Journalism: Hollywood Edition
by: Makayla Marrs
Hollywood film producers create talented films that portray a wide variety of subjects, one being journalism. Few works actually do justice to the reality of the harsh and chaotic profession, while overlooking important issues such as lack of representation of women and people of color, and highlighting toxic gender stereotypes in the workforce. In The Paper, The Newsroom, and His Girl Friday, Hollywood interprets journalists to be cunning and exploitative, the runners in a race that have their eyes on the prize (being the best story), and the gallant victors defying the status quo of bestowing the truth upon the public by considering the main characters in the shows and films, and why they are pursuing a story. Whilst the profession is the main focus, you can’t help but notice the overplayed idea that is the inferiority of women to men in all of these films, and how women are all seen as helpless, less skilled or act secondary to their male counterparts to accentuate the idea of a strong and in-charge man.
In The Paper, we can see how the competitiveness of the journalist is the leading facet of journalism, which looks to be the biggest forms of motivation that a journalist has. The main character, Henry competes with the other newspapers and also even with the very people he works with just to put his story out on the front page, beating everyone to it. Henry has a more honorable story than the other stories that are going around. In the very start of this film, his goal is to be producing content for the best paper, share the story before the source that he stole the idea from and publish their story the following day. This action that drives him through the movie, to win and beat the other papers to the punch, beat his own partners at work, builds up this idea that even though a journalist can be striving hardly towards revealing the whole truth, his personal motives conflict with the good intentions every good journalist should have, getting the story out to the public, the ethical way.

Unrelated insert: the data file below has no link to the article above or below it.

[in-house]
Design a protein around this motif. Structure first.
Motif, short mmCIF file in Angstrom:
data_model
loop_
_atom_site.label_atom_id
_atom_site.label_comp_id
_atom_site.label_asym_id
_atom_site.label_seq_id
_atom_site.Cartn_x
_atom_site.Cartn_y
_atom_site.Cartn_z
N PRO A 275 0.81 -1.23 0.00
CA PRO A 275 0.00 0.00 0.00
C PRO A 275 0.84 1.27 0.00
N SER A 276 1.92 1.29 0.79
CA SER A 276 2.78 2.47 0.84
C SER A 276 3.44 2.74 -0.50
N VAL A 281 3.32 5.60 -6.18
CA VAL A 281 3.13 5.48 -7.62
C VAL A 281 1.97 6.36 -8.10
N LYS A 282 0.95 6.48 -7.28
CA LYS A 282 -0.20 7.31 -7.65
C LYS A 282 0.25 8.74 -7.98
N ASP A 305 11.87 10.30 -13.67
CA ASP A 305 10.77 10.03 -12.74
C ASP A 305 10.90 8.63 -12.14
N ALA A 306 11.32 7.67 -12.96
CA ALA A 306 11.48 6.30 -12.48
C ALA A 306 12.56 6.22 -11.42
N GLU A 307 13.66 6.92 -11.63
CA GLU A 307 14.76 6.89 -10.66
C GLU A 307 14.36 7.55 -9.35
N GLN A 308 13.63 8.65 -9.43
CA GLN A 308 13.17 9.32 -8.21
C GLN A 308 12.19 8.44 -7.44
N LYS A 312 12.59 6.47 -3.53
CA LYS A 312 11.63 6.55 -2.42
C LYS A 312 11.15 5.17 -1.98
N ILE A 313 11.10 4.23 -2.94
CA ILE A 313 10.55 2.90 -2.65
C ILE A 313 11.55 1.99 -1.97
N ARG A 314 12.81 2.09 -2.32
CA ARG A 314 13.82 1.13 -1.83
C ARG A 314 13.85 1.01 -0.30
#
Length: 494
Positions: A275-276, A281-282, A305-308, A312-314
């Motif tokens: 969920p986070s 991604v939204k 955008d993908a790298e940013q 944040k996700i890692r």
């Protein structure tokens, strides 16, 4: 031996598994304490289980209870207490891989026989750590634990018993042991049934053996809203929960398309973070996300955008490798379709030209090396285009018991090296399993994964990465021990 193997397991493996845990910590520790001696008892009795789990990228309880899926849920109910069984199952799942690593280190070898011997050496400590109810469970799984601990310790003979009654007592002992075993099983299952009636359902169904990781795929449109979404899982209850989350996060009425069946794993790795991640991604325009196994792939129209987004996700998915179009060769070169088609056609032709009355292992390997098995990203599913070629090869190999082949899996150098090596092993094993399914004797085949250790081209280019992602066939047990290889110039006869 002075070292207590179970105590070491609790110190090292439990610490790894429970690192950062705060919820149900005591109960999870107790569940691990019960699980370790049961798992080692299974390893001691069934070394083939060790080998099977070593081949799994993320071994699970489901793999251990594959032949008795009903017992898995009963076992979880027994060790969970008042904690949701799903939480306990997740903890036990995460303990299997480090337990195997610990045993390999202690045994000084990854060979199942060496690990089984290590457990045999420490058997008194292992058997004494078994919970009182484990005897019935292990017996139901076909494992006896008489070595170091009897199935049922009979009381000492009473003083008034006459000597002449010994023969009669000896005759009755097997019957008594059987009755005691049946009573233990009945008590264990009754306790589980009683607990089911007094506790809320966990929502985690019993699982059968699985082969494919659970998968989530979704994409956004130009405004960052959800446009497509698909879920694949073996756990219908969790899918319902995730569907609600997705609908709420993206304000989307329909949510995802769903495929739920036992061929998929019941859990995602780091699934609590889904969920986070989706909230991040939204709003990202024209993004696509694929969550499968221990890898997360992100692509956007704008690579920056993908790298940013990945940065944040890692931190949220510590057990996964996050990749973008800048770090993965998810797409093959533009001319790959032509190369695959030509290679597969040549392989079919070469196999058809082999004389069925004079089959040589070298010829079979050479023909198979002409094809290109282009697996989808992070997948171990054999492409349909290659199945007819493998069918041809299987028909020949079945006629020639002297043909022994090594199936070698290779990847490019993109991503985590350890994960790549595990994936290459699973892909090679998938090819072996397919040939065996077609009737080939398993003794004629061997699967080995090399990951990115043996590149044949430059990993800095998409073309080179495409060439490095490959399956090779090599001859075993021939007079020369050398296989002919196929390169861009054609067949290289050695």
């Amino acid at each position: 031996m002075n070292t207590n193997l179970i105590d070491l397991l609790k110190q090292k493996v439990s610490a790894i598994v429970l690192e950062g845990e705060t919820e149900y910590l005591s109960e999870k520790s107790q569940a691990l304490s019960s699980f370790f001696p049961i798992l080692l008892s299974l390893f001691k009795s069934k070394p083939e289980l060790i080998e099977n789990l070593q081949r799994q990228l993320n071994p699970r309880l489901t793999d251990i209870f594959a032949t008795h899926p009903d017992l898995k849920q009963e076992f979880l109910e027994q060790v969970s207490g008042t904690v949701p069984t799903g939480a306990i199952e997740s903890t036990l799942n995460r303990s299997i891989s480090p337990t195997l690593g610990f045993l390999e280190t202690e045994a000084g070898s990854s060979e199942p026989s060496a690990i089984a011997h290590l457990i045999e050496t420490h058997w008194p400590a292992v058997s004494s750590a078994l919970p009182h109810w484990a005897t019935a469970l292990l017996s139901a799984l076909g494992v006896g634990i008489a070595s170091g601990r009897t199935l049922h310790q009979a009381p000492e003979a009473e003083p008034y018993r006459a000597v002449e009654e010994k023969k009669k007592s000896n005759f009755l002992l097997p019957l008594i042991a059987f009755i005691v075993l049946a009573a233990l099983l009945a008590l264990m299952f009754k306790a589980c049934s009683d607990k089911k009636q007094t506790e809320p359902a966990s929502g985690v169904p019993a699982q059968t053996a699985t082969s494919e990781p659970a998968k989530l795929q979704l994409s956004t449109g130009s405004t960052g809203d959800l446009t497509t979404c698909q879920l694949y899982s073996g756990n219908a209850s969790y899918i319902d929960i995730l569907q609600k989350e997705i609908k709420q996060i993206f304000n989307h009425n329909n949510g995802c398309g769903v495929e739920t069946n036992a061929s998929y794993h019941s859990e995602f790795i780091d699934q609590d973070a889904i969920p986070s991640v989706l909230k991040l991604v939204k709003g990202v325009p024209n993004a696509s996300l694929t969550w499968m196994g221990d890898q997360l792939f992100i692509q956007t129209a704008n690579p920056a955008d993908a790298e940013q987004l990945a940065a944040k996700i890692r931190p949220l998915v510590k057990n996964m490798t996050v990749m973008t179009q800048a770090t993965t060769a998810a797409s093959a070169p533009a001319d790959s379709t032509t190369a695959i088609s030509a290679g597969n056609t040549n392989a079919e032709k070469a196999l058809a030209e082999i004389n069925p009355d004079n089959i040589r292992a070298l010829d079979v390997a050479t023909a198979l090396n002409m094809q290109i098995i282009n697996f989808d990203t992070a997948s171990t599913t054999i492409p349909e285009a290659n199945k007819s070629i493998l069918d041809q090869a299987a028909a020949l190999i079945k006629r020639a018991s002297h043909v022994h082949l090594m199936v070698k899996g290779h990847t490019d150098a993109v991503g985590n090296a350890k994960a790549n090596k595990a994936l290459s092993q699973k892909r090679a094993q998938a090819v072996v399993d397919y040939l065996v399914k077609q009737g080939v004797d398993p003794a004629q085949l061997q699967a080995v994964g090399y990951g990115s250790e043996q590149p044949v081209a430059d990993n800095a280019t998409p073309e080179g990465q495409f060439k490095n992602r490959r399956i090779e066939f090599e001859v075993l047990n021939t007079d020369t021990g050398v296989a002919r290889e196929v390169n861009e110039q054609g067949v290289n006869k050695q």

In the show The Newsroom, the first episode, Will McAvoy the main character and lead news anchor, had a freak-out at a young college student during a discussion at Northwestern University, which drew him back from the public eye as a new reporter who didn’t step on anyone’s toes, to becoming a man with real opinions about things he truly cares about, that people were just not ready to here. McAvoy is furious with his boss Charlie Skinner for choosing to hire Mackenzie McHale, Will’s ex, leading to the heated conflict of her arrival at the station as his new executive producer, with her image being corrupt due to the personal and intimate history she has with Will. He blames Mackenzie for his media outburst and potential demise as now he feels vulnerable due to her being brought in to fix his career, and improve the news broadcast since his whole team left him. Will hesitantly allows Mackenzie to act as executive producer with the agreement that he can fire her ending every week’s broadcast, if he thinks she messes up in any way he deems unfit, which is a stroke of his male persona being the one who makes more money and has a higher authority than her, in doing so by changing her contract over her head.
In comparison with The Paper, Mackenzie somewhat blends in with the female lead character Alicia in The Paper, although Mackenzie is not seen as aggressive like Alicia, more passionate and lets her morals drive her decisions (which a journalist should take into consideration). McAvoy and MacHale end up working on the same team in an attempt to put out a breaking news coverage of an oil spill, hoping to publicize the importance to the public and reinstate Will’s credit as a news reporter. On the other hand, Alicia and Henry were far from able to be on the same page let alone work together on the same story, it took Alicia the entirety of the film to have time to rethink her actions. Mackenzie isn’t the stereotypical flawed working woman who comes off as an ice queen. Instead, she comes off as lonely, and wanting love. Which contributes to the adverse stereotype of how working class women can’t have steady income and successful relationships because they can only be truly focused on either their career or their love life.
Finally, the film His Girl Friday is a collaboration of perspectives from both The Newsroom and The Paper. Walter Burns specifies that journalism can be a journey towards revealing the cold hard truth, but also a game of rivalry and seduction. Hildy Johnson, the lead female character, is aiming to figure out the truth in the story she comes across whilst writing a brief interview before heading to her wedding the next day. It seems that she is introduced like how the journalists are in The Paper, fiending for the almost addictive rivalry and unearthing of crime, but by the end of the film, Hildy shifts her motive over to the aspect of uncovering the truth as similarly does The Newsroom, regardless of what the permutations are.
The idea that we get about journalists from these works, is the possibility of ending up in either two divisions of journalism. It is to either seek the knowledge and reveal the needed truth to the public at which in this case, justifies whatever the means may be. The other would be to obstruct the public’s request to interpret and notice the events occurring right in front of them or just out of view. This idea that Hollywood not only produces journalism in films and shows, but they rely on stereotypes, conforming to the ideal roles that predominantly white men must hold in order to uphold the image that is deemed ‘normal’ in the media.